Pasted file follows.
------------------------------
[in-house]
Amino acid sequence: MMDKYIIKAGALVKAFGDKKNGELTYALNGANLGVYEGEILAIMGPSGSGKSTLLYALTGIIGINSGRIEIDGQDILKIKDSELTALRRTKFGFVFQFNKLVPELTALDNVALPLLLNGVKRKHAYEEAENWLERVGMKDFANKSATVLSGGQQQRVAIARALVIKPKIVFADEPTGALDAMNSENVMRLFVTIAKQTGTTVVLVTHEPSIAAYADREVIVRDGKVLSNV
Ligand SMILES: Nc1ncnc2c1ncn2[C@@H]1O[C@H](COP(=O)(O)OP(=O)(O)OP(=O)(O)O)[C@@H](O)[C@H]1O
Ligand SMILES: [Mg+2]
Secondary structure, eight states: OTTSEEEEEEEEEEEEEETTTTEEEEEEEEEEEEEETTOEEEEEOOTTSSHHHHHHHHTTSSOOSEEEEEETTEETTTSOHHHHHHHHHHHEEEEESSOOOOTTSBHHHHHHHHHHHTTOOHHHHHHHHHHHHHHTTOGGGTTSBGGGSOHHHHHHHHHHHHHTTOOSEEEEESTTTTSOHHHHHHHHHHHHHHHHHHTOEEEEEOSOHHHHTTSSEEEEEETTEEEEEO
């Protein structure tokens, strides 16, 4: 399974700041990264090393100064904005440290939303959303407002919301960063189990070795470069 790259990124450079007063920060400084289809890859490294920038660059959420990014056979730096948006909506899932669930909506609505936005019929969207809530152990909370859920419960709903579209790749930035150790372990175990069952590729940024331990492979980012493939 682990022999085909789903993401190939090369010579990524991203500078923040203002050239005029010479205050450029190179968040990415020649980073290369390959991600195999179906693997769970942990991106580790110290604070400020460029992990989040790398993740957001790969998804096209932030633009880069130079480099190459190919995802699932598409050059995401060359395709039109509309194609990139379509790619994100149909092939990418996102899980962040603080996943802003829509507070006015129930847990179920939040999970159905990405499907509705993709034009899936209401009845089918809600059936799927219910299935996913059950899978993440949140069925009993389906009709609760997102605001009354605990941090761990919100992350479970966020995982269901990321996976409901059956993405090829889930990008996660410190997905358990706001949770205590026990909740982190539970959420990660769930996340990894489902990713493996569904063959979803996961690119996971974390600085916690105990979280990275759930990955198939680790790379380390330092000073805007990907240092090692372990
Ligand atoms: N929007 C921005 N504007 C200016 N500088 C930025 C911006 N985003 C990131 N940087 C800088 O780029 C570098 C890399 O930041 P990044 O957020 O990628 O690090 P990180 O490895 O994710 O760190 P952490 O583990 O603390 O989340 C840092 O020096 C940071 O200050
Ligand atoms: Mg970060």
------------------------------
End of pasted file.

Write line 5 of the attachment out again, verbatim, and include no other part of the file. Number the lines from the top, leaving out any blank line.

Secondary structure, eight states: OTTSEEEEEEEEEEEEEETTTTEEEEEEEEEEEEEETTOEEEEEOOTTSSHHHHHHHHTTSSOOSEEEEEETTEETTTSOHHHHHHHHHHHEEEEESSOOOOTTSBHHHHHHHHHHHTTOOHHHHHHHHHHHHHHTTOGGGTTSBGGGSOHHHHHHHHHHHHHTTOOSEEEEESTTTTSOHHHHHHHHHHHHHHHHHHTOEEEEEOSOHHHHTTSSEEEEEETTEEEEEO